US Senate Race for Illinois - 2004

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Republican Candidates
Alan Keyes
Jack Ryan
John Borling
Dr. Chirinjeev Kathuria
Andy McKenna
Jim Oberweis
Steven Rauschenberger
Jonathan Wright
Antonio Davis-Fairman
John Cox
Patrick O'Malley
Jim Durkin

Democratic Candidates
Barack Obama
Gery Chico
Blair Hull
Estella Johnson-Hunt
Dan Hynes
Maria Pappas
Nancy Skinner
Joyce Washington
Frank Avila
Matt O'Shea
John Simmons

Color Codes:
Black - Potential Candidate
Green - Active Candidate
Red - Lost
Orange - Candidate has dropped out or is not running


John Simmons - Democrat

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The Issues

John Simmons
Occupation personal injury lawyer
Age 35
Marital Status Married
Address 15 Pinebrook Court
Edwardsville, Illinois , United States
Notes Simmons has dropped out of the race only seven weeks after entering. Throwing his support behind Dan Hynes, the current front runner.

"Dan's the man," Simmons said. "He'll do great for us."

The surprise move is an important boost for Hynes, who already has lined up the backing of southern Illinois political power Glenn Poshard and 71 of the 96 Downstate Democratic county chairmen in his quest to replace Republican Sen. Peter Fitzgerald.

Simmons made his fortune representing workers who develop cancer after exposure to asbestos. In March, a jury awarded $250 million to a retired steelworker Simmons' firm represented in a case against U.S. Steel Corp.

Simmons said he was prepared to match Hull, who has said he could use as much of $40 million of his own money. "I'm prepared to put 100 percent in, if that's what it takes," Simmons said

Simmons, 35, lives in Edwardsville, near St. Louis. As the only Downstate Democrat, he could grab much of the Downstate vote, while the six Chicago candidates split the metropolitan area vote.

Glenn Poshard, said he never heard of Simmons and doubted Downstaters would flock to his candidacy as they did Poshard's in 1998.

"I can't imagine somebody just jumping in and carrying all of Downstate with no service in the party at all," Poshard said. "In my case, I was a familiar figure to the Downstate people, you know, and I worked really hard. . . . For somebody's that's paid their dues and [is] perceived to have paid their dues, that's one thing to Downstaters, but somebody who is jumping in because they maybe have the money to run or they're wanting to run with no background and no experience and no base--never having really paid their dues--I don't think they'll be looked upon by Downstaters in the same light."

John Simmons grew up in Southern Illinois. He was honorably discharged in 1988 from the U.S. Army where he served as a combat engineer. While serving in the Army, John was awarded the Army Good Conduct Medal and the Expert Badge for Rifle and Grenade. He then entered Southern Illinois University at Edwardsville where he made his mark as Student Body President and earned a position in the Dean's College.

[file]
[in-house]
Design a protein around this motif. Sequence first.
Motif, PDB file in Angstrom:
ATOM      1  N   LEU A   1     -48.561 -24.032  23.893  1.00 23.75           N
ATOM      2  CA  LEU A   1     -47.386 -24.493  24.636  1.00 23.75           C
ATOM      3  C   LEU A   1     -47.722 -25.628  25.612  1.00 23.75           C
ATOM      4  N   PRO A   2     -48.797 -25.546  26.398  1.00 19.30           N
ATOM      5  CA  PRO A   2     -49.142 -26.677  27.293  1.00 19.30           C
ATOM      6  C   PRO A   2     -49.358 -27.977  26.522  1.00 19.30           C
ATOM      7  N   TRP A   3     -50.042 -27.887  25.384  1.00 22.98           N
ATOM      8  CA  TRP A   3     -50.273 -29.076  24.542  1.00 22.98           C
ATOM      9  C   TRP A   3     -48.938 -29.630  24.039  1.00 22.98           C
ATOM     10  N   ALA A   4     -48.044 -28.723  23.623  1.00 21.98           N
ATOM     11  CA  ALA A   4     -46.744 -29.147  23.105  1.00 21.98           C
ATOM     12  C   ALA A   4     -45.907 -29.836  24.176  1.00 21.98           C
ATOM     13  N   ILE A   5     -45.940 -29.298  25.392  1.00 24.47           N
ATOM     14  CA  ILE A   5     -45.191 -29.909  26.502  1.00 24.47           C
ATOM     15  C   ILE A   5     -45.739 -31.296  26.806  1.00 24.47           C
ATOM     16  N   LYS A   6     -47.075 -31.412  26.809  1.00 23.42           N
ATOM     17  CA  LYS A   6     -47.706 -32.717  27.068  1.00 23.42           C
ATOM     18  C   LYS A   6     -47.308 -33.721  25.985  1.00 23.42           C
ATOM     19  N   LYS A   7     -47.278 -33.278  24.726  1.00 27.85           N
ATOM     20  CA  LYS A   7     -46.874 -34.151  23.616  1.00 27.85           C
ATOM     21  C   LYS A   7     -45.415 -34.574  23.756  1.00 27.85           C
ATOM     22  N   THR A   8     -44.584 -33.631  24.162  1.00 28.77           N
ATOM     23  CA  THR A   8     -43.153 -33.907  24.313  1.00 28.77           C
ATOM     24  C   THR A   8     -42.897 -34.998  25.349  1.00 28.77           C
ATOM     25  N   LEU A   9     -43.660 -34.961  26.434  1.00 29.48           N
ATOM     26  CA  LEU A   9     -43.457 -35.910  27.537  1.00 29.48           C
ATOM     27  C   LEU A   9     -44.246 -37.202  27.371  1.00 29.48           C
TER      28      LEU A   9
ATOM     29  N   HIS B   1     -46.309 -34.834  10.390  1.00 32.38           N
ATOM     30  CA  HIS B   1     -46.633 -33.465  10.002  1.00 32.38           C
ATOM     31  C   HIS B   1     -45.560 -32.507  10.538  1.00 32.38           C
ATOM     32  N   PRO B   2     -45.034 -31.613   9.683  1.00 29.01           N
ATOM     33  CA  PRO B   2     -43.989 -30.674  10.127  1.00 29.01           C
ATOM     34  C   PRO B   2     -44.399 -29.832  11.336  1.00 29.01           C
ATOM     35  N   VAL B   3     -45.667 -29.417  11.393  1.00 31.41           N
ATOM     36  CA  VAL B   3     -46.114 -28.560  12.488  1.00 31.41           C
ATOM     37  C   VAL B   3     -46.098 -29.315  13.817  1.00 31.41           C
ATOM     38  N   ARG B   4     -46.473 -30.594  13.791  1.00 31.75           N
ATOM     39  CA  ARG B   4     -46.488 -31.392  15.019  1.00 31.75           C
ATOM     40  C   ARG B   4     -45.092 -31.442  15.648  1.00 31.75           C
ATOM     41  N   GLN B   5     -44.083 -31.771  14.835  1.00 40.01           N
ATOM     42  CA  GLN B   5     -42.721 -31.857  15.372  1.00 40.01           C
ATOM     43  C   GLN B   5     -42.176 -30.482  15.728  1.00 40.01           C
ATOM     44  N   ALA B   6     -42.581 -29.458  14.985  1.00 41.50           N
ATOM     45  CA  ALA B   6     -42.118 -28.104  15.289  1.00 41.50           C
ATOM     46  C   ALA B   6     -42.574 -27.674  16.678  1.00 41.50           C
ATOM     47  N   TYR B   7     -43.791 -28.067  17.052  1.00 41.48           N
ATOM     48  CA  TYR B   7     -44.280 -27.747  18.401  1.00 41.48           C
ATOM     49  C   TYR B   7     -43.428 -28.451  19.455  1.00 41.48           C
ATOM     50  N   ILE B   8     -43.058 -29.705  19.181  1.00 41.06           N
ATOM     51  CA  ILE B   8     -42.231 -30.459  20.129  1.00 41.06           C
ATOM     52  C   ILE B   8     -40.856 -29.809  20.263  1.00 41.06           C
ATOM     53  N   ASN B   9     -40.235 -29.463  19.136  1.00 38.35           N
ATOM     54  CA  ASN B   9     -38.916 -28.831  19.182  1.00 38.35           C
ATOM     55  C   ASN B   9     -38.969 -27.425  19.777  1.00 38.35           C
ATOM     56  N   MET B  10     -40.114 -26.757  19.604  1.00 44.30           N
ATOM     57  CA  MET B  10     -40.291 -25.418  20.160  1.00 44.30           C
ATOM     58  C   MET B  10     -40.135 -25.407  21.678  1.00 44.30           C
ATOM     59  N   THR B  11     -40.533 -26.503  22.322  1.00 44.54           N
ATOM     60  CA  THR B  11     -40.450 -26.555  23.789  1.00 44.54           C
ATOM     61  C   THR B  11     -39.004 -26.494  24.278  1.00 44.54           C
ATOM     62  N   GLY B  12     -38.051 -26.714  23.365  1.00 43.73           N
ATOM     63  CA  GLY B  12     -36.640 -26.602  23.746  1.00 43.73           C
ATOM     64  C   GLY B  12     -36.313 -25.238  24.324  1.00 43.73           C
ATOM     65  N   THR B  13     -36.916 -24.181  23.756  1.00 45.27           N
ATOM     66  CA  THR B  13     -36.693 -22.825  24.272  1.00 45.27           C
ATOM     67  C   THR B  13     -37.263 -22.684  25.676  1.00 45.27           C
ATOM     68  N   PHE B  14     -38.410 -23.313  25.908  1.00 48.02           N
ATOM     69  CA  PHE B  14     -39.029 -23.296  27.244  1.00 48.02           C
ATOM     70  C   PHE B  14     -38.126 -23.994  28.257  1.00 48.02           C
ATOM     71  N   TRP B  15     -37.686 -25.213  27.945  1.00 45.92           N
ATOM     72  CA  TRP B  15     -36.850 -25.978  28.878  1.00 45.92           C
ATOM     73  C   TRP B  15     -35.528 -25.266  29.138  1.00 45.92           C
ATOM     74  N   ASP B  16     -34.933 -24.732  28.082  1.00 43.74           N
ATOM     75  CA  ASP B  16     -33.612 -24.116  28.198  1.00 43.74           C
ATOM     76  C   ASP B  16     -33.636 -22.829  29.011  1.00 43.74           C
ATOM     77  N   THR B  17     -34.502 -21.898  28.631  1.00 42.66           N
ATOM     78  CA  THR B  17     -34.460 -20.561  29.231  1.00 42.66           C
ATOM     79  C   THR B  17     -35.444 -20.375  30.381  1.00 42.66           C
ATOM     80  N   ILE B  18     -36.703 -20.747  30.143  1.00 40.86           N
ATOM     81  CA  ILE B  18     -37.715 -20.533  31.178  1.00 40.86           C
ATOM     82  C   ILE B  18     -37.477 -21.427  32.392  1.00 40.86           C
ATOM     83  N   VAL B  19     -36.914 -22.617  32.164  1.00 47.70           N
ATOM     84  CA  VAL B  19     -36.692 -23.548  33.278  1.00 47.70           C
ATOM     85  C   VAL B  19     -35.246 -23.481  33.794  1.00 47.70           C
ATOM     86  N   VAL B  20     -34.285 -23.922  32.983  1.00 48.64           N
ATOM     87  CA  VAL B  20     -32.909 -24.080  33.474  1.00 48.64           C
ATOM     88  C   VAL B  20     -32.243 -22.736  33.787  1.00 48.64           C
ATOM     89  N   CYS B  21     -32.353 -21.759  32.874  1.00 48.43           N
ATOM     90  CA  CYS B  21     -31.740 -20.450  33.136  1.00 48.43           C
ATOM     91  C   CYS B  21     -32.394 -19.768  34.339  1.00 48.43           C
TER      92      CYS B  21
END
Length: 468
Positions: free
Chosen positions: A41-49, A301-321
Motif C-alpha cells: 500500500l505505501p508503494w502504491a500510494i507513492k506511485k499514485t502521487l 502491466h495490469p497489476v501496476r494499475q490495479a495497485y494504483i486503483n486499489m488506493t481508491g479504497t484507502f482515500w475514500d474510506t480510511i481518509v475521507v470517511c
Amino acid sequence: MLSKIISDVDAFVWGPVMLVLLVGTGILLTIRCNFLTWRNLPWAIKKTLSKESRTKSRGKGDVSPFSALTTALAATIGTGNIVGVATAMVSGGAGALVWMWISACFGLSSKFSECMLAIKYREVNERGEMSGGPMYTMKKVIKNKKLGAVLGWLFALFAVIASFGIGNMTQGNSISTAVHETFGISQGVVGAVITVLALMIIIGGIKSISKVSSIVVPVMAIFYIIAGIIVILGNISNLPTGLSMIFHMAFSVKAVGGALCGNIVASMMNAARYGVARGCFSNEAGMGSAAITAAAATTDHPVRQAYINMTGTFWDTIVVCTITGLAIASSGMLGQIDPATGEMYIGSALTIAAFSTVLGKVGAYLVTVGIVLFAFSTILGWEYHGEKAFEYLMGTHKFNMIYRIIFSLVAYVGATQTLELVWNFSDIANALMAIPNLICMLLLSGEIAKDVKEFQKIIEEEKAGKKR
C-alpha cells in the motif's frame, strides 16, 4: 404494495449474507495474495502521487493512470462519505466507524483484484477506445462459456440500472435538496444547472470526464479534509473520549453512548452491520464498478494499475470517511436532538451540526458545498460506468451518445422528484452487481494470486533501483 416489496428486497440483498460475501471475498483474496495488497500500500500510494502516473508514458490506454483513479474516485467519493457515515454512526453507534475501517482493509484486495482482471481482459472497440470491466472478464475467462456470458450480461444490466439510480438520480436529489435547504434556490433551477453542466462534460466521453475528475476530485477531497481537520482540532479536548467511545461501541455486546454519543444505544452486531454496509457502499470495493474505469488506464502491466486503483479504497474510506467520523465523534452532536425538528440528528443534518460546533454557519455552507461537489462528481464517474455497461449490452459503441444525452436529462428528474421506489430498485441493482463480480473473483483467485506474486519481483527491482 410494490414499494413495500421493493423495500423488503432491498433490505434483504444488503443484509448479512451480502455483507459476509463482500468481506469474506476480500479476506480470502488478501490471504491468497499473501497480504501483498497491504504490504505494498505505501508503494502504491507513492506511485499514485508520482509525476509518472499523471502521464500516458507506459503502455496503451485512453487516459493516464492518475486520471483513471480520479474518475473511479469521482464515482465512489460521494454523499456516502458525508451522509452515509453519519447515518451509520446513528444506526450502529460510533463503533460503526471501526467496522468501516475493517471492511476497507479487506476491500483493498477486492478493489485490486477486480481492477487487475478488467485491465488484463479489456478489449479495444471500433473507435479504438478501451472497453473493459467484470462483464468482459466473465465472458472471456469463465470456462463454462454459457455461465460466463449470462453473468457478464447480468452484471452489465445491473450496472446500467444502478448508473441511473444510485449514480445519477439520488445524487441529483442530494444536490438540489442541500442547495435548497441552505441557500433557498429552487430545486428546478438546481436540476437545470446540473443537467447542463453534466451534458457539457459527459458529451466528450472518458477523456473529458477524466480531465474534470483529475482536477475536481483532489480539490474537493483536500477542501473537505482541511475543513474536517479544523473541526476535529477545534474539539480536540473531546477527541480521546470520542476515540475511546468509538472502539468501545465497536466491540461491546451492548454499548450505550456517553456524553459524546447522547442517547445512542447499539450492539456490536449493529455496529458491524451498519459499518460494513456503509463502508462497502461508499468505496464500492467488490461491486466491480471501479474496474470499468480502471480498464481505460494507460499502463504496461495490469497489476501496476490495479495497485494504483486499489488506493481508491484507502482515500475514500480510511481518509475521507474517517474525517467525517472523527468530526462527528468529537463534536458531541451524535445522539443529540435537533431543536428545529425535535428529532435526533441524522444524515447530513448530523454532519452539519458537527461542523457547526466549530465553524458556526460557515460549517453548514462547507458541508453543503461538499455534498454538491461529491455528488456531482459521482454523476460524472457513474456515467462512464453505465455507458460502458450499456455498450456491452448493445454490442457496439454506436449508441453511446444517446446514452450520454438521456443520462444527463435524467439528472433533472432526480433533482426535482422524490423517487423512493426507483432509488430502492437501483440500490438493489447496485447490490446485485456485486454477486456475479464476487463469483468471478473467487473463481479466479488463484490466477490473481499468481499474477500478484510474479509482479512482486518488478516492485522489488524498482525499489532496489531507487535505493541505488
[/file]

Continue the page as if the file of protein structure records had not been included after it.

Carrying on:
From SIU he entered Southern Methodist University School of Law in Dallas, Texas. After graduating law school, John practiced for two years in Atlanta, Georgia. In 1996, he returned home and then joined a local firm where he eventually was appointed head of the asbestos litigation.

Since opening The Simmons Firm, LLC, John has been joined by former judge Randall A. Bono, attorney and long time friend Marcus E. Raichle, Jr., attorney S. Martin Jansky and attorney Jeffrey S. Cooper. John is a member of the American Trial Lawyers Association, the Illinois Trial Lawyers Association, and the state bar associations of Illinois, Georgia and Florida.

John is married with four children. He has always been active in the community. He is currently on the Executive Board of the United Way Partnership, a member of the East Alton Rotary, and he sits on the Board of the Southern Illinois University at Edwardsville Alumni Association.

Simmons made his fortune representing workers who develop cancer after exposure to asbestos. In March, a jury awarded $250 million to a retired steelworker Simmons' firm represented in a case against U.S. Steel Corp.


Chicago Tribune: Simmons drops Senate bid, endorses Hynes Open Link in New Window - Cached
Simmons quits Senate race - Sun Times Open Link in New Window - Cached
Illinois lawyer Simmons garners support in contest for the Democratic Senate Open Link in New Window - Cached

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-2877 Days to November 2nd Election

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